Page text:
The Revolt Against the Long Shadow of Picasso: Eugenio Merino's Hyperrealist Art

The Revolt Against the Long Shadow of Picasso: Eugenio Merino's Hyperrealist Art
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Will Picasso ever die?

That’s the question I hear in my mind when I learn about Eugenio Merino’s latest exhibition at the Alliance Française in Málaga, Spain.

Running till July 28th, the exhibition—Aquí murió Picasso [Picasso Died Here] (2017)—consists of a single installation, a life-like “corpse” of Pablo Picasso on a slab, with a marble plaque underneath.

Visitors are invited to take a “selfie” with the dead artist that won’t die. The “official” brochure is part of the branding experience.

As with all of Merino’s art, there is a principle of protest at work here.

Merino tells me that this exhibit is to bring attention to how cultural icons like Picasso are used to gentrify Málaga. As tourism brings more wealth and rising property values into the center of the city, normal citizens are displaced, forced to move to the outskirts of town, leaving the center to the developers, speculators and profit-making enterprises. Merino is right to protest this dark side of tourism and development.

The birth of this tourist-driven city development strategy can be traced to Frank Gehry’s museum in Bilbao. And ironically, it was my friend Philip Kotler—the “father of modern marketing”—who had the idea for building the Bilbao museum. He was invited to speak in Bilbao about their challenge of attracting more visitors, and told them: “You have a nice city but no Eiffel Tower.” The rest is history. City after city ended up using art to drive tourism and development, to the detriment of the poor. (Disclosure: Phil and I are working on a project to save capitalism from itself.)

To me the problem is not the museums. Rather, it is how the wealth created by such gentrification is funneled into the pockets of private developers. Instead of using the money to benefit the local community, the wealth created by art and architecture is used to enrich speculators, not citizens. There are ways to address this challenge. Universal Basic Income, perhaps?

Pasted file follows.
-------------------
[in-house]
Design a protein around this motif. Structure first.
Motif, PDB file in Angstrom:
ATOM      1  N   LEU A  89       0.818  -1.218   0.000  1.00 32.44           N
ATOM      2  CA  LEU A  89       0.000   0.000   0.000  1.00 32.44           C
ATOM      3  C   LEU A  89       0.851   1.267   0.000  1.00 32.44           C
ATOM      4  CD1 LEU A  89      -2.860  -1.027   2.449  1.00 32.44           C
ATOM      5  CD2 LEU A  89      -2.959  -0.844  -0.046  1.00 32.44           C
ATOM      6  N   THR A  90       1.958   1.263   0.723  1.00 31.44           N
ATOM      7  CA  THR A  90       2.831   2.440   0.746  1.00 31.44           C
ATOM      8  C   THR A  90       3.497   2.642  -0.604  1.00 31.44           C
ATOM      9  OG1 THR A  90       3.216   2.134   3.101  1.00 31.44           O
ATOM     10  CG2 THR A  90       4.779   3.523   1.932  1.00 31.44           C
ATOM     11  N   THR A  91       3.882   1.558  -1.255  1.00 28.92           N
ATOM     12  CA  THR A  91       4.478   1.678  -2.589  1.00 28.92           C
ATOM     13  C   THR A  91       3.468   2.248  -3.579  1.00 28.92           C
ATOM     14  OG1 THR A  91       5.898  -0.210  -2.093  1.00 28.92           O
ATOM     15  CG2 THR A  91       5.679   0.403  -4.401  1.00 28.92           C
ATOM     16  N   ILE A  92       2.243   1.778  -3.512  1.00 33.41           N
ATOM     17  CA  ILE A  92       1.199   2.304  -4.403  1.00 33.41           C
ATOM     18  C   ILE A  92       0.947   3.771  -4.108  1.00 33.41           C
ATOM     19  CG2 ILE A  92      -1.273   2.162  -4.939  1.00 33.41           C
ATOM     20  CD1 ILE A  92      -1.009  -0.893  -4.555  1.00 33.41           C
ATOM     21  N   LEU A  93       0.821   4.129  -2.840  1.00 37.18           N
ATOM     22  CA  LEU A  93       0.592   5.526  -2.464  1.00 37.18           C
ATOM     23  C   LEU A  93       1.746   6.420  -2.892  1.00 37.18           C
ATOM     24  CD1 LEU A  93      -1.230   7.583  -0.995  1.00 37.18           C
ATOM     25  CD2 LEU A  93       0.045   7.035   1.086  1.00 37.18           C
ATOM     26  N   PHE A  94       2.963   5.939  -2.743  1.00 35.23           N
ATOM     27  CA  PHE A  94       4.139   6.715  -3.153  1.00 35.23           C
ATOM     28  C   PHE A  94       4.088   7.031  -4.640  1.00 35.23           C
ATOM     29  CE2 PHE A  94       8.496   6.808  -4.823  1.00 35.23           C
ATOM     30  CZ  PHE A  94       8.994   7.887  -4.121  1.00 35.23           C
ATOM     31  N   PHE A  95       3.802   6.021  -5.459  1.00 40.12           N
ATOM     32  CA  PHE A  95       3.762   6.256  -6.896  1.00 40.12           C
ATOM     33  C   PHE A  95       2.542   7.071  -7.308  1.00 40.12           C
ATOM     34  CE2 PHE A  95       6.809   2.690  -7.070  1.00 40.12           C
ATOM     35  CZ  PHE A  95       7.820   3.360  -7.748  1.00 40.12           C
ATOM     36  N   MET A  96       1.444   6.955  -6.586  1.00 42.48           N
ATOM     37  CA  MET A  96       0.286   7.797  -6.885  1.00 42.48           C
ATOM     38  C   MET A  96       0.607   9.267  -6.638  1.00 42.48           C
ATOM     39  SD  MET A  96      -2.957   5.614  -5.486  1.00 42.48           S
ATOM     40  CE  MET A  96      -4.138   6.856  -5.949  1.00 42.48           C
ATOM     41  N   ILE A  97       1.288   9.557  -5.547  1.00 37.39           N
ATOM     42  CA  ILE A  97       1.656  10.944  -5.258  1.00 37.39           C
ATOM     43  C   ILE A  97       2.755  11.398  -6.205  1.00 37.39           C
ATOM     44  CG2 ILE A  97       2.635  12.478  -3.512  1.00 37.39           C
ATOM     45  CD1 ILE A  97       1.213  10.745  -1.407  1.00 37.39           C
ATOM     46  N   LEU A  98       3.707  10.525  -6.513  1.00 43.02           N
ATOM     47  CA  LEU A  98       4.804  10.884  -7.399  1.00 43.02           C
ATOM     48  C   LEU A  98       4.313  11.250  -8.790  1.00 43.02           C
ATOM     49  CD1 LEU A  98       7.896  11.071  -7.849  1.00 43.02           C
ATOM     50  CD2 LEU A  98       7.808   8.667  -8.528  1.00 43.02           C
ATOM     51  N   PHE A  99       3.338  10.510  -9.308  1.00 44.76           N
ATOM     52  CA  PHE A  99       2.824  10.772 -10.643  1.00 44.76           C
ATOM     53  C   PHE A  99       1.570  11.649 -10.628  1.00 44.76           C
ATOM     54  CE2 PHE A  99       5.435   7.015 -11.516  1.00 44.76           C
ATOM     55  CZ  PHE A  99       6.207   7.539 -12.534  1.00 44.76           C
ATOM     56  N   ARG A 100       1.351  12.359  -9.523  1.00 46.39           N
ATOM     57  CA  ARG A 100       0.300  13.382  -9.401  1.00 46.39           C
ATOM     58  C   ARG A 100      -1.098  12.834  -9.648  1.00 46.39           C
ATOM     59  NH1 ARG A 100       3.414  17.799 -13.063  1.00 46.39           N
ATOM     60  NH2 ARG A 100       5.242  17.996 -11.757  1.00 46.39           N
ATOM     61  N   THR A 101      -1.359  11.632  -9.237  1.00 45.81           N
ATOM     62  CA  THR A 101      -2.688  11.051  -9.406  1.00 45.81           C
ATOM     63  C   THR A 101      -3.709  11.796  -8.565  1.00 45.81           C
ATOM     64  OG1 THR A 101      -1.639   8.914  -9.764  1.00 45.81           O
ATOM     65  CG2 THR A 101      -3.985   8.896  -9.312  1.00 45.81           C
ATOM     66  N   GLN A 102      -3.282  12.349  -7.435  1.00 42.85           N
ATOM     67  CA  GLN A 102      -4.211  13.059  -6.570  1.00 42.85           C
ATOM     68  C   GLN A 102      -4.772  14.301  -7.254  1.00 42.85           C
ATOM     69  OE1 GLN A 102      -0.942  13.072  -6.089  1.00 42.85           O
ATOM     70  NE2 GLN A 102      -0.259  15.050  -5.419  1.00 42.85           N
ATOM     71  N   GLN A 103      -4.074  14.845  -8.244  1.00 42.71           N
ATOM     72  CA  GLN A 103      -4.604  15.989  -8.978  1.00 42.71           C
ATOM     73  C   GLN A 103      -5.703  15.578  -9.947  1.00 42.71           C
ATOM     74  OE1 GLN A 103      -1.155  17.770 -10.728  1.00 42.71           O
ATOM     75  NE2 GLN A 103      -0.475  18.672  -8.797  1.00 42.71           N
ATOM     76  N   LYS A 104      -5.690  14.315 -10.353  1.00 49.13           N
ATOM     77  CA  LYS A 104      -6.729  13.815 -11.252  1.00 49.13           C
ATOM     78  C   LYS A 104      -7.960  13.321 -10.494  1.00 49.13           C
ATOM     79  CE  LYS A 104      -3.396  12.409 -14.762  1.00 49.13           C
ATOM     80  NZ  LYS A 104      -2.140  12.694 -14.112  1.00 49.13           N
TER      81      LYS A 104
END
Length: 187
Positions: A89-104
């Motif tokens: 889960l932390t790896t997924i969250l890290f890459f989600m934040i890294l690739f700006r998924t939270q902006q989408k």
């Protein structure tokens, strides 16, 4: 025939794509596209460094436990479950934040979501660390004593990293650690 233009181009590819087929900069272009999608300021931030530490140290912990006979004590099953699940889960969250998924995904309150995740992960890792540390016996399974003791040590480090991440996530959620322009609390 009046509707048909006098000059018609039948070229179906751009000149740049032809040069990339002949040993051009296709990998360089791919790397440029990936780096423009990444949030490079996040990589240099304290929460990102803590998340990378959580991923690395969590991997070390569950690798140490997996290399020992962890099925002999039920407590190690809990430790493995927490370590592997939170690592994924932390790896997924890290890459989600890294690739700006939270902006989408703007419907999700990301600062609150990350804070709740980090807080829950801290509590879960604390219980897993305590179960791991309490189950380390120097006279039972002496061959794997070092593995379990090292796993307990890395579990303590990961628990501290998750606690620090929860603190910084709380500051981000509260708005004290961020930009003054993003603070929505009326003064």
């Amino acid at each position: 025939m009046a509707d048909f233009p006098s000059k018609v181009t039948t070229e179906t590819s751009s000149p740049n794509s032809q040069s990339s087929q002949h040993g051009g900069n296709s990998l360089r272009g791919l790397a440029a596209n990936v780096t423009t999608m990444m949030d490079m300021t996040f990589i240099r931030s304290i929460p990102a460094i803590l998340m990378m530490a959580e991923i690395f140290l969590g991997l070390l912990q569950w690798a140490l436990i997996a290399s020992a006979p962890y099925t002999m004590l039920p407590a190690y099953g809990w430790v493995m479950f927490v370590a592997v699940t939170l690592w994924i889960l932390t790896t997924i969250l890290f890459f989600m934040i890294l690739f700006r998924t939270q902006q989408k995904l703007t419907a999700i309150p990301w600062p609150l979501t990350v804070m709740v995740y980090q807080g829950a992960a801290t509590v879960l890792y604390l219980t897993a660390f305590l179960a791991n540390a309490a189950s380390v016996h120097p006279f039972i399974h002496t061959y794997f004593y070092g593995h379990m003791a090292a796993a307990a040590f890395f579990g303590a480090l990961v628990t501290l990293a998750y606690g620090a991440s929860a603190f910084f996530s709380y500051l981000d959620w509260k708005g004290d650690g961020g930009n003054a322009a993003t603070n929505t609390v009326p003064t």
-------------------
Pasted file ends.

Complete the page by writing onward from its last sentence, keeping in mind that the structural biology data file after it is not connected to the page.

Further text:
Passion Investments: Art as an Asset

There is another irony here that is not lost on anyone. Picasso is a one-percenter. He is an investment product competing with all living artists.

Deloitte estimates:

Ultra High Net Worth Individuals (UHNWls) and High Net Worth Individuals (HNWls) have art holdings in the range of US$2.8 trillion. The total wealth of UHNWls and HNWls was estimated to be US$39 triion in 2009, passion investments are estimated to comprise approximately 33% of HNWls' and UH NWls' overall holdings and in 2009 art holdings represented 22% of HNWls' passion investment. Assuming that HNWls have allocated 5% of their wealth to art and UHNWls have allocated 10-15% to art, you end up with a market size of around US$1.5 trillion held by private individuals.

For me, this is the real protest.

Dead artists, including poor Picasso, are investment vehicles for the rich. If you care about art at all, don’t touch Picasso.

Support your local, living artist instead. Go direct. Avoid the moneylenders in the temple.

And read your Ben Davis.

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